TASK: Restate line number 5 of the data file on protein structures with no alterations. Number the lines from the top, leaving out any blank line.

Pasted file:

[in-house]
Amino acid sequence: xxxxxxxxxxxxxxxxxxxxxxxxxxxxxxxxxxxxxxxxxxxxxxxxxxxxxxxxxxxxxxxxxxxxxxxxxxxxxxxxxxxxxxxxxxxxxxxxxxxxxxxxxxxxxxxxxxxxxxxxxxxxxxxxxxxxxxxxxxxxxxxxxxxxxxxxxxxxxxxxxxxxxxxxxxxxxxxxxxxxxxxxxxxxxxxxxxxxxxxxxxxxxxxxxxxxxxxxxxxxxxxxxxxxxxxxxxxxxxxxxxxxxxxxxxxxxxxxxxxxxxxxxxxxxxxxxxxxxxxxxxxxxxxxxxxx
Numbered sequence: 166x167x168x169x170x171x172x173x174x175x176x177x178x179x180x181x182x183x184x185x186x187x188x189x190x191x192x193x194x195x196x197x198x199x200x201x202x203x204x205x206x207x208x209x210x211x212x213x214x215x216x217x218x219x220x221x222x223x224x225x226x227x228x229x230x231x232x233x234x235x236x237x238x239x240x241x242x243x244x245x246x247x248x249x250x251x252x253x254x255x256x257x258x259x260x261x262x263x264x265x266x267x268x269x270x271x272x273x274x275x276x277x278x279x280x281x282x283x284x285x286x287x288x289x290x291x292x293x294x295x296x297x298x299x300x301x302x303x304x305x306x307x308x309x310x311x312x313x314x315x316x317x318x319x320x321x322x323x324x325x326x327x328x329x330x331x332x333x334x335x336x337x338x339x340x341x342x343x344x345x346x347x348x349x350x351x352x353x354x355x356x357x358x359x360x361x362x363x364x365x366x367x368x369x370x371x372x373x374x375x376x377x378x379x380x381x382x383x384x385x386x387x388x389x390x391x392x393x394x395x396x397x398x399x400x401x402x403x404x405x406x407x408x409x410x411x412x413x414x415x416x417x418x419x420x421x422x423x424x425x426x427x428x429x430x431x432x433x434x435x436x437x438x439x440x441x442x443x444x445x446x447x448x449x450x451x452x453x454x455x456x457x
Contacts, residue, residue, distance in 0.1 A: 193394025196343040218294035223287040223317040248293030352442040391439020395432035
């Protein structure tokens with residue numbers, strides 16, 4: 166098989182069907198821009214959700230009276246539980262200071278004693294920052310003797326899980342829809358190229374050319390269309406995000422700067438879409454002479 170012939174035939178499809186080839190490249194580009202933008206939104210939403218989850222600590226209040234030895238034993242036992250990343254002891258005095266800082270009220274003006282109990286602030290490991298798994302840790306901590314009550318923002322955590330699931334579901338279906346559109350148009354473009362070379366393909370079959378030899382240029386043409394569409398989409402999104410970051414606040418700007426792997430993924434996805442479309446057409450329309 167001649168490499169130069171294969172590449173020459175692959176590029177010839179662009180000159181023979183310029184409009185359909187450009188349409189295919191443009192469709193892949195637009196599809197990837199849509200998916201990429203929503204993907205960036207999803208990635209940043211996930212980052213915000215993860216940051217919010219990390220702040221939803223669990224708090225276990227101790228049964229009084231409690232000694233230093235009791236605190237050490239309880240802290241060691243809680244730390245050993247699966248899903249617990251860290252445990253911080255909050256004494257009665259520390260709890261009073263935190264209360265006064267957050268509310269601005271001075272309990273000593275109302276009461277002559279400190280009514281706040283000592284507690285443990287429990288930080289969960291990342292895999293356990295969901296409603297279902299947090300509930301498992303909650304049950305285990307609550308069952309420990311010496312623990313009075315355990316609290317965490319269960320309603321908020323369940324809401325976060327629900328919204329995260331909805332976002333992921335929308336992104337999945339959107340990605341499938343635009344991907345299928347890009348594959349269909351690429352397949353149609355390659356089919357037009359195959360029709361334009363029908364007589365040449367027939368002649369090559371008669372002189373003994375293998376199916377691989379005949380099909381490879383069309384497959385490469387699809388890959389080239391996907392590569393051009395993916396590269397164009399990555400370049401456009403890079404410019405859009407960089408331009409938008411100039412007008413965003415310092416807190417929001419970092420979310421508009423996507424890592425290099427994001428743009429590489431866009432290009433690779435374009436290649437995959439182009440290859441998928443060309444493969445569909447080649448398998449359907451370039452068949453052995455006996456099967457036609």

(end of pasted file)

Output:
């Protein structure tokens with residue numbers, strides 16, 4: 166098989182069907198821009214959700230009276246539980262200071278004693294920052310003797326899980342829809358190229374050319390269309406995000422700067438879409454002479 170012939174035939178499809186080839190490249194580009202933008206939104210939403218989850222600590226209040234030895238034993242036992250990343254002891258005095266800082270009220274003006282109990286602030290490991298798994302840790306901590314009550318923002322955590330699931334579901338279906346559109350148009354473009362070379366393909370079959378030899382240029386043409394569409398989409402999104410970051414606040418700007426792997430993924434996805442479309446057409450329309 167001649168490499169130069171294969172590449173020459175692959176590029177010839179662009180000159181023979183310029184409009185359909187450009188349409189295919191443009192469709193892949195637009196599809197990837199849509200998916201990429203929503204993907205960036207999803208990635209940043211996930212980052213915000215993860216940051217919010219990390220702040221939803223669990224708090225276990227101790228049964229009084231409690232000694233230093235009791236605190237050490239309880240802290241060691243809680244730390245050993247699966248899903249617990251860290252445990253911080255909050256004494257009665259520390260709890261009073263935190264209360265006064267957050268509310269601005271001075272309990273000593275109302276009461277002559279400190280009514281706040283000592284507690285443990287429990288930080289969960291990342292895999293356990295969901296409603297279902299947090300509930301498992303909650304049950305285990307609550308069952309420990311010496312623990313009075315355990316609290317965490319269960320309603321908020323369940324809401325976060327629900328919204329995260331909805332976002333992921335929308336992104337999945339959107340990605341499938343635009344991907345299928347890009348594959349269909351690429352397949353149609355390659356089919357037009359195959360029709361334009363029908364007589365040449367027939368002649369090559371008669372002189373003994375293998376199916377691989379005949380099909381490879383069309384497959385490469387699809388890959389080239391996907392590569393051009395993916396590269397164009399990555400370049401456009403890079404410019405859009407960089408331009409938008411100039412007008413965003415310092416807190417929001419970092420979310421508009423996507424890592425290099427994001428743009429590489431866009432290009433690779435374009436290649437995959439182009440290859441998928443060309444493969445569909447080649448398998449359907451370039452068949453052995455006996456099967457036609």